LOL (video game)

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North American box art
Designer(s)Kenichi Nishi
Composer(s)Hirofumi Taniguchi
Platform(s)Nintendo DS
  • JP: July 19, 2007
  • NA: May 30, 2008
  • EU: July 4, 2008

LOL, known in Europe as Bakushow and in Japan as Archime DS (アルキメDS, Arukime DS), is a Nintendo DS video game. The game was published by Skip Ltd. in Japan, Agetec in North America, and Rising Star Games in Europe. Developed by a group of five people headed by Kenichi Nishi, LOL is a multiplayer game implemented with a PictoChat-like interface in which a host player asks a question, requiring others to write or draw their answers on the DS touchscreen.

The developers refer to LOL as a "comedy-training" game with the tagline of the game being "If you think this game is boring, you are boring." LOL received largely mixed reviews by critics upon its release.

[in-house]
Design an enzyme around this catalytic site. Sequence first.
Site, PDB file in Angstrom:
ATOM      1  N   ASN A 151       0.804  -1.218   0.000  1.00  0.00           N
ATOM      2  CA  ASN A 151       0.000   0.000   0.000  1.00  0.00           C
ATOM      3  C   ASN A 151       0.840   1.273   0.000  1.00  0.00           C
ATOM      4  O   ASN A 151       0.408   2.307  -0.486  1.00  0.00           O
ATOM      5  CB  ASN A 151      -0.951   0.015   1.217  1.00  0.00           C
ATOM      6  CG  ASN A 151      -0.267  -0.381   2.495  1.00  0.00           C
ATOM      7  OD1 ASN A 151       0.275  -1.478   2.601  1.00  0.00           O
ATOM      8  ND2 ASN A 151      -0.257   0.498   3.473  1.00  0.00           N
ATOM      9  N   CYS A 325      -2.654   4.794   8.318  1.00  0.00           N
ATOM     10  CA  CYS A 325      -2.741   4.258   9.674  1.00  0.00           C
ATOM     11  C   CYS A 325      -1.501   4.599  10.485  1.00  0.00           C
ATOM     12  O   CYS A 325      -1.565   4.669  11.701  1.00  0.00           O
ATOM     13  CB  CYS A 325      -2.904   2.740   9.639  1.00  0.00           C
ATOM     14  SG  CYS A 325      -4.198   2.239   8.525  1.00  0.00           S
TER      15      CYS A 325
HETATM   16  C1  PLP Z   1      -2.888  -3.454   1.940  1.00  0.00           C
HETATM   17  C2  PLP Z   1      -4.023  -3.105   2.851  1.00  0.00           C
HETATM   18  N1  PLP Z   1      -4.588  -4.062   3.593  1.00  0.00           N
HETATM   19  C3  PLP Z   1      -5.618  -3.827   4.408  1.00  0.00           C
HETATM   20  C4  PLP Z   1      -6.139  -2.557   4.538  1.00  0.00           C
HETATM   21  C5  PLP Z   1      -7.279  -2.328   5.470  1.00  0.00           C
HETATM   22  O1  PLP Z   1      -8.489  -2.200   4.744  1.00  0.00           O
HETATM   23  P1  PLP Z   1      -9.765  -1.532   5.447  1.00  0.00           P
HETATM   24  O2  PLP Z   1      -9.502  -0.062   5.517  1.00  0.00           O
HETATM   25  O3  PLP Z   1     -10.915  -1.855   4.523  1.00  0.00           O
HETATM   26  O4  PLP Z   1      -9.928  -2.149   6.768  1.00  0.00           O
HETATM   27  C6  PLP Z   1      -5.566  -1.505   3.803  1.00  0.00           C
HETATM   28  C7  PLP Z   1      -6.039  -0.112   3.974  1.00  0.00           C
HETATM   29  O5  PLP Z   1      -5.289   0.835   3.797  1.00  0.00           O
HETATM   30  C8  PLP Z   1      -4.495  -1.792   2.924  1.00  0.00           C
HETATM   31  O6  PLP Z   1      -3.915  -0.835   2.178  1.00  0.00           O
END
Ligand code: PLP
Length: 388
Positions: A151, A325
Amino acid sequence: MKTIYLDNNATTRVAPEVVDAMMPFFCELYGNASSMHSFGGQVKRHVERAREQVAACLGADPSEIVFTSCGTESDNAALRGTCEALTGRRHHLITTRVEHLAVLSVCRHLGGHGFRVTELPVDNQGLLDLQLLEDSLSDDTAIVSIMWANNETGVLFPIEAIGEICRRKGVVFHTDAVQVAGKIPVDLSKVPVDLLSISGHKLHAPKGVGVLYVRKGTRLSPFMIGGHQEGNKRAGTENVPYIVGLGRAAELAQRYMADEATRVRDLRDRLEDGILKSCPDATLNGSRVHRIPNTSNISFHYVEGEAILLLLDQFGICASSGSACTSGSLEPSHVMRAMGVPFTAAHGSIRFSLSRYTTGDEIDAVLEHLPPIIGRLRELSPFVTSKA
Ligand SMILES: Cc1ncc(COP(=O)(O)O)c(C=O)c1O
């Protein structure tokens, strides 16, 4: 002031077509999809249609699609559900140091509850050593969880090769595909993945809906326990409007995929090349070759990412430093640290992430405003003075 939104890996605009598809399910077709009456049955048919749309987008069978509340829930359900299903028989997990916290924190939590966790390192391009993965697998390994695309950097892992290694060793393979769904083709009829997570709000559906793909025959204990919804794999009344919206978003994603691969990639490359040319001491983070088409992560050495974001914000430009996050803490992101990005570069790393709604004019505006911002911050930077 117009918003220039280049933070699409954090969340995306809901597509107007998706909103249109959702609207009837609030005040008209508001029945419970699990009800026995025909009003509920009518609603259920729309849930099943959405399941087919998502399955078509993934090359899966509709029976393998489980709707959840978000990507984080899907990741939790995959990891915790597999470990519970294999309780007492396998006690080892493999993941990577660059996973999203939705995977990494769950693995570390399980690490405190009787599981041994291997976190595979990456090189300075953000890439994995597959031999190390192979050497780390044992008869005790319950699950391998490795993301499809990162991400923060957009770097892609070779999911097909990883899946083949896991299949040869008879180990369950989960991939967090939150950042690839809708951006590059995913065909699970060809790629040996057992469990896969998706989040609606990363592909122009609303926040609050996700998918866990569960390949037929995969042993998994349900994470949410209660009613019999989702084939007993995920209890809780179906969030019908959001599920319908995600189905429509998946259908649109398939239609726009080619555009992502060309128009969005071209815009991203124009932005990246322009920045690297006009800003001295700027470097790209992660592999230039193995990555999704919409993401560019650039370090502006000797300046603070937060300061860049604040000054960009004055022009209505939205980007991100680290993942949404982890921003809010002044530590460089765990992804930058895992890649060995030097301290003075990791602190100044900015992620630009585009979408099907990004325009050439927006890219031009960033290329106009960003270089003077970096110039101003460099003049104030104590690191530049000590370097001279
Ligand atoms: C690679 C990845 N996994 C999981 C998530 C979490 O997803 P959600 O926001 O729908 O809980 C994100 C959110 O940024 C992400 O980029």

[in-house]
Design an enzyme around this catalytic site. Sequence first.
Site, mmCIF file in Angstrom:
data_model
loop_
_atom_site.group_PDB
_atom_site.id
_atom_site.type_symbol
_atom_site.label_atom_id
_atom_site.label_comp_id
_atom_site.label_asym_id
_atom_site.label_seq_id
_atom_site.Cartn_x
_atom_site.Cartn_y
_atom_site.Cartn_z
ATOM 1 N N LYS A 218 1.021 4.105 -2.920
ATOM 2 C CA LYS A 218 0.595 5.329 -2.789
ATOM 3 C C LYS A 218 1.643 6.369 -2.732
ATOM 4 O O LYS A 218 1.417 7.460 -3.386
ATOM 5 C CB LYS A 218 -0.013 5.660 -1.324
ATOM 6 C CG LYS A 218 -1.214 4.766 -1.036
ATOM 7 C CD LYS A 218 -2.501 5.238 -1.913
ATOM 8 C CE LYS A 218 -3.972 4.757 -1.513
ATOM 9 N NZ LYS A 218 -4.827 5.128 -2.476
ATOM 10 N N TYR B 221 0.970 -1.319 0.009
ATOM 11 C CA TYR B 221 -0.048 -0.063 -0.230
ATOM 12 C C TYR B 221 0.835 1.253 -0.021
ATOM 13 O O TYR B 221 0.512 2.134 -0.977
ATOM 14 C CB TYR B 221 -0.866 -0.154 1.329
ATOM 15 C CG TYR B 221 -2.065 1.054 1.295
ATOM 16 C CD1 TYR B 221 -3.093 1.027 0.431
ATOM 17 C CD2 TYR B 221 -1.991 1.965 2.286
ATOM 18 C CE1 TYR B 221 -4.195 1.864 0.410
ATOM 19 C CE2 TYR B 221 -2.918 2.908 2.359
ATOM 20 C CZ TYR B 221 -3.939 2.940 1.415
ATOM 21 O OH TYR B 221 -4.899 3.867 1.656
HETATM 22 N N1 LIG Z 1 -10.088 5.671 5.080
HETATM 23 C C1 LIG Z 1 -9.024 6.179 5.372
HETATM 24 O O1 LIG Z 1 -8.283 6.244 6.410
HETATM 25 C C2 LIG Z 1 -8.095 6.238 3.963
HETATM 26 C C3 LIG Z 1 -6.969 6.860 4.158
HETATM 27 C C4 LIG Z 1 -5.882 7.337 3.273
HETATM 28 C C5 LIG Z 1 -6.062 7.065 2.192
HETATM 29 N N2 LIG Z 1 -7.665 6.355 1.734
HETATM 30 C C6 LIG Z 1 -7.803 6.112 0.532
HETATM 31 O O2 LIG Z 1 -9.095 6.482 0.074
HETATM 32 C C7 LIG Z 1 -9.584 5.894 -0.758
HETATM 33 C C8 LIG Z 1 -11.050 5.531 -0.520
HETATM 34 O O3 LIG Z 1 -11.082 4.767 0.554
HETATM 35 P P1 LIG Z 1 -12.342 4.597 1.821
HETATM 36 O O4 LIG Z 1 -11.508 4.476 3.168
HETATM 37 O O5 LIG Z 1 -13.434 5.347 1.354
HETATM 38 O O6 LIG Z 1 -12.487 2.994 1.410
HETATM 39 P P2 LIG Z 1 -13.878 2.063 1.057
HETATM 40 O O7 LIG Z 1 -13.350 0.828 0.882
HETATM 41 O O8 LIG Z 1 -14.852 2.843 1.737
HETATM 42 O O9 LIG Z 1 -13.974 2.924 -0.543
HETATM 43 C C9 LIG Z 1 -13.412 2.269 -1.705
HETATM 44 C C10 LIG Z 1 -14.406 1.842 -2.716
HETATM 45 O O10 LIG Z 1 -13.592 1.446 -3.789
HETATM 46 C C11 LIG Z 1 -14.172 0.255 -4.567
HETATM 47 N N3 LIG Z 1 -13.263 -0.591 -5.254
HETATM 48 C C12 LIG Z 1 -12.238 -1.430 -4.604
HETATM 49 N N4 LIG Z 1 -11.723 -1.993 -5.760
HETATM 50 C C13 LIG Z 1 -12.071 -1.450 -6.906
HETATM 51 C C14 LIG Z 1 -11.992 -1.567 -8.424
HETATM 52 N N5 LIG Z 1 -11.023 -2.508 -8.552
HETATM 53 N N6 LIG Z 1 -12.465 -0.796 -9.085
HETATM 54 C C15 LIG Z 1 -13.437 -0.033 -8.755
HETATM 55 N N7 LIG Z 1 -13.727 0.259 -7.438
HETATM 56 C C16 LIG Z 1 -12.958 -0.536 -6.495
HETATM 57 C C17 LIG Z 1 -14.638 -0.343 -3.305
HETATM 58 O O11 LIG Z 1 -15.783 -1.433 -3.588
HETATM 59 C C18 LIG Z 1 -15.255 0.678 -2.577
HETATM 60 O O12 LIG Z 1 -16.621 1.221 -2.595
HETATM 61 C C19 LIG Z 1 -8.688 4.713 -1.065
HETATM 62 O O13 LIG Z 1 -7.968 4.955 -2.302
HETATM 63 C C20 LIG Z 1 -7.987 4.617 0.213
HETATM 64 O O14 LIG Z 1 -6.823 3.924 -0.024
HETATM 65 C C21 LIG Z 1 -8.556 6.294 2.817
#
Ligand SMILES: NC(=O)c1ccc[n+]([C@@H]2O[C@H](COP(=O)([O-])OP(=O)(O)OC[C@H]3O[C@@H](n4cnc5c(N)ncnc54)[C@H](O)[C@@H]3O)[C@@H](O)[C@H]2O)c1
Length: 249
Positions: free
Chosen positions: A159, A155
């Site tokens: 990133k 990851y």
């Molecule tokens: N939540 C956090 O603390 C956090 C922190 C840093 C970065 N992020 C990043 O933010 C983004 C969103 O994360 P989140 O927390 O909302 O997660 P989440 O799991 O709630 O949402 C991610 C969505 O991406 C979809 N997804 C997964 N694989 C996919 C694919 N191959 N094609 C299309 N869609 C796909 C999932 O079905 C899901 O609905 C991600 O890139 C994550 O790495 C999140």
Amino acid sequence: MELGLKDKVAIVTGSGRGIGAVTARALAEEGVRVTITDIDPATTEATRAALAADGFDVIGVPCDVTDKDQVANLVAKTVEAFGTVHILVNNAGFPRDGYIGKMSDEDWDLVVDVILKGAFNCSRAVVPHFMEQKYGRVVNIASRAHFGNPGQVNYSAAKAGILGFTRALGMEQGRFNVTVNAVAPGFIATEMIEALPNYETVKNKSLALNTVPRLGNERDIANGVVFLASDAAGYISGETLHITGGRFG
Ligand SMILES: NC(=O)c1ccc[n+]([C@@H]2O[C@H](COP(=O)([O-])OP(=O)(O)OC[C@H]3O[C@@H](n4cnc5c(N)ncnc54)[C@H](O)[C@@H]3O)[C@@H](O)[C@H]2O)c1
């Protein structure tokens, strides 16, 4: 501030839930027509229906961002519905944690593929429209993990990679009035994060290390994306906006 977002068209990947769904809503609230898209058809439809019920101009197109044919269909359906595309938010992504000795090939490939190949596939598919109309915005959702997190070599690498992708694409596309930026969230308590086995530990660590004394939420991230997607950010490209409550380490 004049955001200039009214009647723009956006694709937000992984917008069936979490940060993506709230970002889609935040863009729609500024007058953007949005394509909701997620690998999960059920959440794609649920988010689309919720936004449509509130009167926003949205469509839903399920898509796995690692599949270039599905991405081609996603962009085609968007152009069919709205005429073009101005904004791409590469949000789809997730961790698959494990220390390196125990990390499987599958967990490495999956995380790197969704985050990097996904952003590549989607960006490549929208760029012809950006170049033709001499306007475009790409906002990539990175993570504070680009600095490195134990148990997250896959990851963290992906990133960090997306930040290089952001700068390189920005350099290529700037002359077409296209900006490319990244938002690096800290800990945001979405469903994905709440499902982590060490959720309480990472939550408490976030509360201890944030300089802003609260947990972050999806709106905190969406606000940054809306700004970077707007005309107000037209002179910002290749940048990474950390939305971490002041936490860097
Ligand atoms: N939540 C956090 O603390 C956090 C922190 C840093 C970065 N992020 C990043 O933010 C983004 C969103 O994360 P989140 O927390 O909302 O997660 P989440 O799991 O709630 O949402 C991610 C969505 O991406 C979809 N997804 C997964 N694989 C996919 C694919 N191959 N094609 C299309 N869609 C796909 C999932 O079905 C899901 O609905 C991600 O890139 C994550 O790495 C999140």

After players present their answers, each one votes on their favorite answer(s)

The gameplay of LOL is centered around being as "imaginative, clever and amusing with your friends as possible".[1] The game is multiplayer only, requiring between two and four players to participate. Although each player must have their own Nintendo DS, only one copy of the game is needed. In the game the host asks a question or tell the others to draw something and all the players have to write or draw that which is asked within a time limit. For example, the host may ask the players "What does M.B.E. stand for?" or "Why the heck are we playing this game?"[1]

A copy tool can then be used by the host to begin drawing or writing something, allowing the other players to finish the partially drawn image or written word as their answers. After all players have answered, each player votes on which answer or image is the funniest.[2] Each player has three votes and can also vote once for themselves. There is no penalty for voting for oneself.[3]